Hospital characteristics affect outcomes for common pediatric surgical conditions

ArticleinThe American surgeon 72(8):739-45 · September 2006with4 Reads
Impact Factor: 0.82 · Source: PubMed

    Abstract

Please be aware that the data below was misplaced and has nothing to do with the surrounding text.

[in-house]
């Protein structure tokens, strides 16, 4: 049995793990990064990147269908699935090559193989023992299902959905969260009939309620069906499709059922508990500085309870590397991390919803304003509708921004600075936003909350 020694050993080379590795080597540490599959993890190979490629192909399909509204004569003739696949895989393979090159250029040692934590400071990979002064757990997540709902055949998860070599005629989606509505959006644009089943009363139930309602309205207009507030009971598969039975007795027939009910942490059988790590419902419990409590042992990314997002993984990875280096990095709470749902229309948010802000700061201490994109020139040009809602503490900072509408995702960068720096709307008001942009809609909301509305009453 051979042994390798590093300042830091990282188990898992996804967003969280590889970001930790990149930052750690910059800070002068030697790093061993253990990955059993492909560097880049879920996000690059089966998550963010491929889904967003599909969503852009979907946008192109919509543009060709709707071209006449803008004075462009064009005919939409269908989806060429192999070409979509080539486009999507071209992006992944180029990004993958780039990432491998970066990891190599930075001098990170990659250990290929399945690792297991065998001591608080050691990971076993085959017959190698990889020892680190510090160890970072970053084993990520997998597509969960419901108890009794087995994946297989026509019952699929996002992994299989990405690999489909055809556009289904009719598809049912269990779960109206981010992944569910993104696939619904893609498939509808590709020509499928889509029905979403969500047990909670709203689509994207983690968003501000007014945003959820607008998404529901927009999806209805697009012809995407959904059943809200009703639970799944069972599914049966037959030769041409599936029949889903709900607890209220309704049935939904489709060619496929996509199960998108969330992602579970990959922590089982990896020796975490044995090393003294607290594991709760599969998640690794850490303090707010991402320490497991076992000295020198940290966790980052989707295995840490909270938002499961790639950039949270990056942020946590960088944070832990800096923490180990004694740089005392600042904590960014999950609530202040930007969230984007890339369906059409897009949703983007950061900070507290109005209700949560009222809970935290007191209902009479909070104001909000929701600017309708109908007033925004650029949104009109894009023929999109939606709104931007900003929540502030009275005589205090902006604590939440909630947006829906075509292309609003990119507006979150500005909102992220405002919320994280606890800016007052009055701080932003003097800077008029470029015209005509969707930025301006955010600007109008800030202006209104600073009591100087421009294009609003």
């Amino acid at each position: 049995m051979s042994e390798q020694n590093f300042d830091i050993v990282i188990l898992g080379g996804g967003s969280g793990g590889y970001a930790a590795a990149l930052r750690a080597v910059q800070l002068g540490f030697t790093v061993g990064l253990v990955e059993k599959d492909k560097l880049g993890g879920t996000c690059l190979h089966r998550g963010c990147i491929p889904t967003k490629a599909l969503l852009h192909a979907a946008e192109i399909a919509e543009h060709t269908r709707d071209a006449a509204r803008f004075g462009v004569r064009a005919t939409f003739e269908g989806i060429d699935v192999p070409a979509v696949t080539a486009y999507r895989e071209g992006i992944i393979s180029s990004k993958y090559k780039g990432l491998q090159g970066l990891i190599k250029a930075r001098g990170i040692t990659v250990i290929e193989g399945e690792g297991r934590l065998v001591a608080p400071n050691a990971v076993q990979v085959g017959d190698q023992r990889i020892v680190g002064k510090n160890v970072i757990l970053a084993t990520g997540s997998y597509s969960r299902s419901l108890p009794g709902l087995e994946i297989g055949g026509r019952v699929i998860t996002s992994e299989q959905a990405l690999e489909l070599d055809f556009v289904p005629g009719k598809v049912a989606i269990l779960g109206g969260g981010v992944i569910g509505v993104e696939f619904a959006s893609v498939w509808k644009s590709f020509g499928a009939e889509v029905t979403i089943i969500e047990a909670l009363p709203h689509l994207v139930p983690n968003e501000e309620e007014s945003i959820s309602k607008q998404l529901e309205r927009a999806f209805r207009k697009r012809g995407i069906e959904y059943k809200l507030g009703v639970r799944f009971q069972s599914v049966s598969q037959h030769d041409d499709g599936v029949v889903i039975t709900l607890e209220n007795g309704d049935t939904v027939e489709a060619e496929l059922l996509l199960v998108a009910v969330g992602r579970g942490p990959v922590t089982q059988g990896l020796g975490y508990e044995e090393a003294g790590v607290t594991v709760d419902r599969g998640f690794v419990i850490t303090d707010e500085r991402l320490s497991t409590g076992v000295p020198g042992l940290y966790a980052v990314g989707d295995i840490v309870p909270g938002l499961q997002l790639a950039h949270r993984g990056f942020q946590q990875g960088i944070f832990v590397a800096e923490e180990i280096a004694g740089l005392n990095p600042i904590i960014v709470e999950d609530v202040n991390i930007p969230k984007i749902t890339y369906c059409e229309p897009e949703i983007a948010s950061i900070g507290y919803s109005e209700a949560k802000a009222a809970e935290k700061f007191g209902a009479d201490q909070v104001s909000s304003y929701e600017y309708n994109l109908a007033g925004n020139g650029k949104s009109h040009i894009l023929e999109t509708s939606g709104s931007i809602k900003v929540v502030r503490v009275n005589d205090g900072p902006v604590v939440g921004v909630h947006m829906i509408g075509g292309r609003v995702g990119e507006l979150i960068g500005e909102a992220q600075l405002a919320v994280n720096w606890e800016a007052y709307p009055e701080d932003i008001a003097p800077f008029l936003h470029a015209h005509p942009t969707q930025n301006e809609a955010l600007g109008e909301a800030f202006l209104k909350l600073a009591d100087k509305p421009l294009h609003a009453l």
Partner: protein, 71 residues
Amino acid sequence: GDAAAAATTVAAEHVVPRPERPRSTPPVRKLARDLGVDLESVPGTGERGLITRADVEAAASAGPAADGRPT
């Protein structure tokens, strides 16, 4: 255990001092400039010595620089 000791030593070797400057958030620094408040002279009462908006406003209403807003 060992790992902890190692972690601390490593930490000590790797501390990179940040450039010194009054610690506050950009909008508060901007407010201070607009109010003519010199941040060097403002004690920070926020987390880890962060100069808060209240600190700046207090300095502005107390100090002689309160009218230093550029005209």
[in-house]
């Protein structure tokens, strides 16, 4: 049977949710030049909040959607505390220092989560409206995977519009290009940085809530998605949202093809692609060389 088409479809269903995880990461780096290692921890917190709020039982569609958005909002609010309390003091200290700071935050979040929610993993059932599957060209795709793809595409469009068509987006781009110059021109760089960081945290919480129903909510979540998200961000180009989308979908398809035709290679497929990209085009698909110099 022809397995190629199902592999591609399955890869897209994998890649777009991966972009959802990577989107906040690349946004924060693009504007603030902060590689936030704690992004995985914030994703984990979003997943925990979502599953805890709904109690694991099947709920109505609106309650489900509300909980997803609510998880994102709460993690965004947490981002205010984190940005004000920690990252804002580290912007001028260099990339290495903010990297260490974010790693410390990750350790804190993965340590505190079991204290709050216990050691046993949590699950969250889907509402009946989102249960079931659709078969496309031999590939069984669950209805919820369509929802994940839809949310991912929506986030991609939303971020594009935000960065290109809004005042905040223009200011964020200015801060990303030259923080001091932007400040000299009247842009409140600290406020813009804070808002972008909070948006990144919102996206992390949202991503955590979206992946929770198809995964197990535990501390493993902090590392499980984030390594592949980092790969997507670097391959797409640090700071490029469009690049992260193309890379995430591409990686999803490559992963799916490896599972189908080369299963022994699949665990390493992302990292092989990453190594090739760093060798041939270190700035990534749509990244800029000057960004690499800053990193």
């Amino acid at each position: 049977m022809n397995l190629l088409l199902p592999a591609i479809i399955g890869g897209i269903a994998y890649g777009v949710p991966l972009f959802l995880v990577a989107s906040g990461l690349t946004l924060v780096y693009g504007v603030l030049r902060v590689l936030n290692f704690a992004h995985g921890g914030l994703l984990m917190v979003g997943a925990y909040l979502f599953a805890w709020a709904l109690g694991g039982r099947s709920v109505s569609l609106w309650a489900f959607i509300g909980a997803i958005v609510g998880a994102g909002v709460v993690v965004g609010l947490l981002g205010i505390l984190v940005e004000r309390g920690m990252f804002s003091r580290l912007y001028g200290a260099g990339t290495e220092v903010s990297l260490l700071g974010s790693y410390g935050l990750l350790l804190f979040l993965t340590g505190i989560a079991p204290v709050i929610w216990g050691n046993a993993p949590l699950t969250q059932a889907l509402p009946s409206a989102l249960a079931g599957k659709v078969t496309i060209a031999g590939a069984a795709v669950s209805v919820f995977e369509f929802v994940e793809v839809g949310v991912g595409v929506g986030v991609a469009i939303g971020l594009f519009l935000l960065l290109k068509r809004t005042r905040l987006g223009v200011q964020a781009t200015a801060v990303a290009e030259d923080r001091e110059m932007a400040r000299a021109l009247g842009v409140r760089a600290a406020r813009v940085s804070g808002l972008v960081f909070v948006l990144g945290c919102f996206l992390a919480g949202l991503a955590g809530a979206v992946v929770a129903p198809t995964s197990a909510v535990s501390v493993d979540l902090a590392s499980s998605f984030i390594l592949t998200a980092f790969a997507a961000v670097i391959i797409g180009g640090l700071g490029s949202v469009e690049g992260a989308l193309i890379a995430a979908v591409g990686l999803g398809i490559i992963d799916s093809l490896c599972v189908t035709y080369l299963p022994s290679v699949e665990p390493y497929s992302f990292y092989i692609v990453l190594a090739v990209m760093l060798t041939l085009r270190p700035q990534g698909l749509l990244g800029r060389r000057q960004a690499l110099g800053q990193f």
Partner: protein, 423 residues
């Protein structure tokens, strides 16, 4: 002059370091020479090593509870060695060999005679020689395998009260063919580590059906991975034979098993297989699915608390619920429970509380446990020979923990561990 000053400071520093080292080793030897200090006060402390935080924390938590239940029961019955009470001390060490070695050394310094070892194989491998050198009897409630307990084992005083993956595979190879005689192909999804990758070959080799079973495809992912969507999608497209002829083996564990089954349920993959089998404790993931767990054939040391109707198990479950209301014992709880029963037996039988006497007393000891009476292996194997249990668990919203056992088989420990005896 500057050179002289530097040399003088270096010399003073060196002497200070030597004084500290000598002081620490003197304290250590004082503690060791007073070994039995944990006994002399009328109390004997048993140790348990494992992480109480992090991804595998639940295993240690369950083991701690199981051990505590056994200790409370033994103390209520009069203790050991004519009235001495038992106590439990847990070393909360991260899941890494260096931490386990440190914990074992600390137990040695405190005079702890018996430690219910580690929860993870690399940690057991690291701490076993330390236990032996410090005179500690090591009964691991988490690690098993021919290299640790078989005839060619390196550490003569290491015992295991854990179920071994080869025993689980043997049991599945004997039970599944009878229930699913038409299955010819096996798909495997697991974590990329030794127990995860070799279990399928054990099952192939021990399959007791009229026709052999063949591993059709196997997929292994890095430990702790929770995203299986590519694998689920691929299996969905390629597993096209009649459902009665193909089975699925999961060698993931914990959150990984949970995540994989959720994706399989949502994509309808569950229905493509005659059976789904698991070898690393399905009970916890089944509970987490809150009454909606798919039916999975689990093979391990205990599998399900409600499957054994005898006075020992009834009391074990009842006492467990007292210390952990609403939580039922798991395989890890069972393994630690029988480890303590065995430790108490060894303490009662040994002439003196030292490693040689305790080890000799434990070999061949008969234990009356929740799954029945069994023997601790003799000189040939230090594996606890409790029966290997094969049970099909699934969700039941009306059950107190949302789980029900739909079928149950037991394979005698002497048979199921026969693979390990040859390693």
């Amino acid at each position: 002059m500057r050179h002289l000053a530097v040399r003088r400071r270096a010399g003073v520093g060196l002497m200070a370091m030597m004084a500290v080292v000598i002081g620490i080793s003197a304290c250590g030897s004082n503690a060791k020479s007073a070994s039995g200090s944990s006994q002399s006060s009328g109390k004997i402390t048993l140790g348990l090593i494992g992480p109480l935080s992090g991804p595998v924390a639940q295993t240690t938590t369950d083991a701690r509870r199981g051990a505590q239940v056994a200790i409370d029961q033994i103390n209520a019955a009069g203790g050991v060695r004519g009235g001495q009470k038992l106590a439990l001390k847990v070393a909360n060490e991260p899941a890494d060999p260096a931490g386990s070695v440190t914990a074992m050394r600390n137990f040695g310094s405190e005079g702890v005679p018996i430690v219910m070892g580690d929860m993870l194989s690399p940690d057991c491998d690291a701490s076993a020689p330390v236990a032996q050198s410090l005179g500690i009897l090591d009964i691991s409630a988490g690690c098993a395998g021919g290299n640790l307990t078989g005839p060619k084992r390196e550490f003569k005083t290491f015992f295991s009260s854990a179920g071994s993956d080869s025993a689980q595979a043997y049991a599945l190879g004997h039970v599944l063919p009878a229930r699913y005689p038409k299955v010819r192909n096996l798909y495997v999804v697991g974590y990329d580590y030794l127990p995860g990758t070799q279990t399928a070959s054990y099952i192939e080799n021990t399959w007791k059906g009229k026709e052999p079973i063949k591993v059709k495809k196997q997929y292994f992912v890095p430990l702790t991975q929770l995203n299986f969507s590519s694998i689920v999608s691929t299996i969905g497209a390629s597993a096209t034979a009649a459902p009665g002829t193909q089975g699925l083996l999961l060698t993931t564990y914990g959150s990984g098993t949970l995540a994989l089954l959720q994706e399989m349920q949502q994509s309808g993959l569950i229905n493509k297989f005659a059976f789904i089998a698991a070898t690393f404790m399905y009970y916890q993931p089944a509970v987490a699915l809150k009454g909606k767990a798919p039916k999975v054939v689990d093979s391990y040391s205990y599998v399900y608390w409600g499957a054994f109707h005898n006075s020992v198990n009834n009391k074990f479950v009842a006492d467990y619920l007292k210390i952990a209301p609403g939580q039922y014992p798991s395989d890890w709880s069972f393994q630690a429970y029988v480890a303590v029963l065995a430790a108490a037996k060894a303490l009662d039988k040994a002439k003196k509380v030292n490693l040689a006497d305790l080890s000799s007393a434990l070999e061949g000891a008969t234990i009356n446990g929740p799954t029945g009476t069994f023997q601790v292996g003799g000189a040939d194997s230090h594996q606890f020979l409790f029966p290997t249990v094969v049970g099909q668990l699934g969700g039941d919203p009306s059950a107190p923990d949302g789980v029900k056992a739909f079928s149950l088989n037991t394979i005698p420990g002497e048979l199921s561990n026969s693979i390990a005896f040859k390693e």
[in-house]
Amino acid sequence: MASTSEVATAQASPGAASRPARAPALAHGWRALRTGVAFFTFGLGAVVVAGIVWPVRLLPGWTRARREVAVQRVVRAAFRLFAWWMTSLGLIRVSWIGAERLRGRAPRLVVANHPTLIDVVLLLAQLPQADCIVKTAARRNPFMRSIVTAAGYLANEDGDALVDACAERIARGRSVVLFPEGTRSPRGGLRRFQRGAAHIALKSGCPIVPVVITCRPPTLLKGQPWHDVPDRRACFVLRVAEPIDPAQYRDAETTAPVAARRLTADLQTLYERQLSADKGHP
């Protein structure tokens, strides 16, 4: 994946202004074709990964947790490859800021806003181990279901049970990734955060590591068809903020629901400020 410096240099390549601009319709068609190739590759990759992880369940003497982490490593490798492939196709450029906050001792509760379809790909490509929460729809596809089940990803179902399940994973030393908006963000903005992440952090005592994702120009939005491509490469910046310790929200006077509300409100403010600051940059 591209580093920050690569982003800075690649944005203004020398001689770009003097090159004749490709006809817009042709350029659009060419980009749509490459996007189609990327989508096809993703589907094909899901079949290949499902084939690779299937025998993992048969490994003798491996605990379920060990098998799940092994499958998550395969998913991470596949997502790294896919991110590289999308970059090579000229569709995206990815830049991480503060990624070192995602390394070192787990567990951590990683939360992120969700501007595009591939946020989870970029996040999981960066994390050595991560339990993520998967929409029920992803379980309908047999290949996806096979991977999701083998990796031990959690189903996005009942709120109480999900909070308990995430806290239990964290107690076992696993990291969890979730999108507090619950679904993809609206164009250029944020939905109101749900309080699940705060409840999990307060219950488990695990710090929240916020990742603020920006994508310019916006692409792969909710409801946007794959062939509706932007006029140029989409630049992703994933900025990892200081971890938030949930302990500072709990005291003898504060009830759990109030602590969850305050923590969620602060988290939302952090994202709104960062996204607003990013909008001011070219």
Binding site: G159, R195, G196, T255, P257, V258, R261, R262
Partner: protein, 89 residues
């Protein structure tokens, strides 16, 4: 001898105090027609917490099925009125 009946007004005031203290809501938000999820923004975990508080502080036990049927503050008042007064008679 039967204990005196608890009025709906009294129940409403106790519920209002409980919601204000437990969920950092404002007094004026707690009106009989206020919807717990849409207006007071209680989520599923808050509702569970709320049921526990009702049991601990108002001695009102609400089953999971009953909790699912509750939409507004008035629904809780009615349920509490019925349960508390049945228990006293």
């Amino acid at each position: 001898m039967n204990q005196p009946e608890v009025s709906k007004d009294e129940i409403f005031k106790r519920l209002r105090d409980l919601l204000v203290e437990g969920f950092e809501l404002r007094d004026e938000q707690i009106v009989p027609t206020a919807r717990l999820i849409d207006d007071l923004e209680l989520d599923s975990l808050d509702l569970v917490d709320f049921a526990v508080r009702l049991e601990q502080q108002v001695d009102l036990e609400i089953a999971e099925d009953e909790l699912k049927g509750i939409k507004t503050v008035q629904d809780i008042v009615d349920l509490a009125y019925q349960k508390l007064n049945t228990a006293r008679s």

Appendicitis, hypertrophic pyloric stenosis (HPS), and intussusception are common conditions treated in most hospitals. In which hospital settings are children with these conditions treated? Are there differences in outcomes based on hospital characteristics? Our purpose was to use a nationwide database to address these questions. Data were extracted from Kids' Inpatient Database 2000. Data were queried by International Classification of Diseases procedure code for appendectomy and pyloromyotomy and by diagnosis code for intussusception. Length of stay (LOS) and hospital charges were analyzed based on hospital size, location, teaching status, and specialty designation. There were 73,618 appendectomies, with 5,910 (8%) in children's hospitals. Overall LOS was 3.1 days, and was the longest in children's hospitals (3.9). Overall charges were dollar 10,562, with the highest in children's hospitals (dollar 14,124). There were 11,070 pyloromyotomies, with 2,960 (27%) in children's hospitals. Overall LOS was 2.7 days, the shortest being in children's hospitals (2.5). Overall charges were dollar 7,938, with the highest in children's hospitals (dollar 8,676). There were 2,677 intussusceptions, with 921 (34%) in children's hospitals. Overall LOS was 3.0 days, the shortest being in children's hospitals (2.8). Overall charges were dollar 9,558, with the highest in children's hospitals (dollar 10,844). Most children with appendicitis, HPS, and intussusception are treated in nonspecialty hospitals. HPS (27%) and intussusception (34%) are more likely than appendicitis (8%) to be treated in children's hospitals. Children's hospitals have higher charges for all three conditions despite shorter LOS for HPS and intussusception.